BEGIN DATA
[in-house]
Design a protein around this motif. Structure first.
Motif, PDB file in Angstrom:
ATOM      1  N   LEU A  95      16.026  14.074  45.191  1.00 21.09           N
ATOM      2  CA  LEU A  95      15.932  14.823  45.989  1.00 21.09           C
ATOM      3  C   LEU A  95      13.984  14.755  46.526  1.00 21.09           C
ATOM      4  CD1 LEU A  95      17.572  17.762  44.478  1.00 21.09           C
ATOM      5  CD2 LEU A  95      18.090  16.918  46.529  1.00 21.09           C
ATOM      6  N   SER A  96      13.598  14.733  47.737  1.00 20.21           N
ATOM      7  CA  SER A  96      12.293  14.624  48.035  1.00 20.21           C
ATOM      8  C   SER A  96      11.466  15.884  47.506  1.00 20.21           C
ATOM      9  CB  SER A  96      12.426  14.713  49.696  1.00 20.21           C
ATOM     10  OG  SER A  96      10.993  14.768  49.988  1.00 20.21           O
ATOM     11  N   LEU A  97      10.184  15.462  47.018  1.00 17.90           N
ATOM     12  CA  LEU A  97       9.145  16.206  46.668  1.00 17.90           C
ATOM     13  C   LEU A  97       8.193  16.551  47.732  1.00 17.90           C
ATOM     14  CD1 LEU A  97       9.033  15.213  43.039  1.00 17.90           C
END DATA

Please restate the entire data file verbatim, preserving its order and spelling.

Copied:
[in-house]
Design a protein around this motif. Structure first.
Motif, PDB file in Angstrom:
ATOM      1  N   LEU A  95      16.026  14.074  45.191  1.00 21.09           N
ATOM      2  CA  LEU A  95      15.932  14.823  45.989  1.00 21.09           C
ATOM      3  C   LEU A  95      13.984  14.755  46.526  1.00 21.09           C
ATOM      4  CD1 LEU A  95      17.572  17.762  44.478  1.00 21.09           C
ATOM      5  CD2 LEU A  95      18.090  16.918  46.529  1.00 21.09           C
ATOM      6  N   SER A  96      13.598  14.733  47.737  1.00 20.21           N
ATOM      7  CA  SER A  96      12.293  14.624  48.035  1.00 20.21           C
ATOM      8  C   SER A  96      11.466  15.884  47.506  1.00 20.21           C
ATOM      9  CB  SER A  96      12.426  14.713  49.696  1.00 20.21           C
ATOM     10  OG  SER A  96      10.993  14.768  49.988  1.00 20.21           O
ATOM     11  N   LEU A  97      10.184  15.462  47.018  1.00 17.90           N
ATOM     12  CA  LEU A  97       9.145  16.206  46.668  1.00 17.90           C
ATOM     13  C   LEU A  97       8.193  16.551  47.732  1.00 17.90           C
ATOM     14  CD1 LEU A  97       9.033  15.213  43.039  1.00 17.90           C